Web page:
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Indigenous History Month: Reflecting on the Past for a Better Future

Indigenous History Month is a time to celebrate the rich cultures, traditions and contributions of Indigenous Peoples. It is also an opportunity to confront the painful aspects of history, such as the Indian hospital system, which subjected Indigenous patients to substandard and often abusive treatment. Understanding this history is essential for acknowledging the resilience of Indigenous communities and the enduring impacts of colonial practices.

Over the next month, the College will share a three-part series on P.E.T.E. exploring the history of Indian hospitals in Turtle Island (Canada), the ongoing barriers to health care for Indigenous communities, and the role of regulatory bodies like the College in fostering reconciliation and improving health outcomes.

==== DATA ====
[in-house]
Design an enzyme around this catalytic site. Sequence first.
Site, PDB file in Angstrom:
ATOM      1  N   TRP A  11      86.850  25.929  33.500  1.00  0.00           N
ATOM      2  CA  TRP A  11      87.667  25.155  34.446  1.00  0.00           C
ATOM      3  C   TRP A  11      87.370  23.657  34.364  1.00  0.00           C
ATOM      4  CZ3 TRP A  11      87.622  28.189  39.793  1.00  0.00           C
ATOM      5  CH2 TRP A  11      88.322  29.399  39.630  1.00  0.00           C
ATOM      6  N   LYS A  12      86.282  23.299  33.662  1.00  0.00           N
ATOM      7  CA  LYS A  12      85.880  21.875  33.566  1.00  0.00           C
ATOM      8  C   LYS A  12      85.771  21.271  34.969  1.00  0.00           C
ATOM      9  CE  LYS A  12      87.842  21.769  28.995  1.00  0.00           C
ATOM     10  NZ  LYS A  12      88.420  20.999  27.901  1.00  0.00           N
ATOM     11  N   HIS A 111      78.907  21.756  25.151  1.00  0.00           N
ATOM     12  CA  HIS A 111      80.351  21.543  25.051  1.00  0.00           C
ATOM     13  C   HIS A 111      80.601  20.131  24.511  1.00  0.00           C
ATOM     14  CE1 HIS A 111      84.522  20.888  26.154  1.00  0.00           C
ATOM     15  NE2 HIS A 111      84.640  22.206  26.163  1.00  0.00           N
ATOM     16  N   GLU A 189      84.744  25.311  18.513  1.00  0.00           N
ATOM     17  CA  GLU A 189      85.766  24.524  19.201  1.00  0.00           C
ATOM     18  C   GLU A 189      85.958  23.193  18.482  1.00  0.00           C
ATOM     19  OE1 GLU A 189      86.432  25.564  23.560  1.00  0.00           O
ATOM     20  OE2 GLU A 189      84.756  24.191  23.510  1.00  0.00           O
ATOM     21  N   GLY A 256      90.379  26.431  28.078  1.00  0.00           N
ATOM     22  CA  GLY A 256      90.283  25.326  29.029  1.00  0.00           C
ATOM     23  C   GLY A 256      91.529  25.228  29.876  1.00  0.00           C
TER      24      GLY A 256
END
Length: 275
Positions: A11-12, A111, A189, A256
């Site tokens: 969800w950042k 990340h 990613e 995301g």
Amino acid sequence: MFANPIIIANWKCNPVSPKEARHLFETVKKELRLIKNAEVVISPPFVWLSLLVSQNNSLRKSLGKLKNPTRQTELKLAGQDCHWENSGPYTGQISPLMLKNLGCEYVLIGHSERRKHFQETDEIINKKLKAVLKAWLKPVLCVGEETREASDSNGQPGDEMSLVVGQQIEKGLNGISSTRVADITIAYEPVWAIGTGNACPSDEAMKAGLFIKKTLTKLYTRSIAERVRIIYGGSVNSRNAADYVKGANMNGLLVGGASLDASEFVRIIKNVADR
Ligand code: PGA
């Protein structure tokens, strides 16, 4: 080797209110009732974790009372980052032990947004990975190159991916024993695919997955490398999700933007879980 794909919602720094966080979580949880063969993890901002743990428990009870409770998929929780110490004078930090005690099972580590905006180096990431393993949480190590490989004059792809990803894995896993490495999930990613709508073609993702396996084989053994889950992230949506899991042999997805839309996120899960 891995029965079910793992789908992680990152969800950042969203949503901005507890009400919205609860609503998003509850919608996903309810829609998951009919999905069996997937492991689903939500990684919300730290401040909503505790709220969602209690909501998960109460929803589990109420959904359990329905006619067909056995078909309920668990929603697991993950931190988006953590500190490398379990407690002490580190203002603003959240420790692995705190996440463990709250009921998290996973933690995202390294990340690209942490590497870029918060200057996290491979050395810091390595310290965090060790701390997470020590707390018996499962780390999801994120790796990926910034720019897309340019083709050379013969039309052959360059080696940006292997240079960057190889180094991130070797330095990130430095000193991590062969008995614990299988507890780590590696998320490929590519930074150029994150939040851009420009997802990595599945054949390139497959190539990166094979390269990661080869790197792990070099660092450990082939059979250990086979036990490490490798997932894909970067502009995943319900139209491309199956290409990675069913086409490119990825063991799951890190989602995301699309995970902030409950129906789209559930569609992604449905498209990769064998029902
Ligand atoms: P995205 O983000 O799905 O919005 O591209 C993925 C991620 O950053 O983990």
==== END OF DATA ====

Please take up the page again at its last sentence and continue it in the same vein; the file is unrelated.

The Importance of Reflection and Reconciliation

Reflecting on past injustices is a crucial step towards reconciliation. By examining the legacy of Indian hospitals, we can better understand the systemic barriers that continue to affect Indigenous Peoples today. This reflection is not just about acknowledging historical wrongs but also about learning from them to create a more equitable and just future.

Stay tuned for the upcoming articles:

  1. The History of Indian Hospitals in Alberta: Exploring the establishment, conditions and legacy of Indian hospitals.
  2. The Continuing Barriers to Health Care for Indigenous Peoples: Examining the current health care disparities and barriers faced by Indigenous communities.
  3. The Role of the CRNA in Addressing Historical Injustices: Highlighting the critical role of the CRNA in promoting equitable nursing practices and policies.

Mental health supports are available 24 hours a day, seven days a week for Indigenous Peoples across Canada through The Hope for Wellness Help Line at 1-855-242-3310 or through their online chat.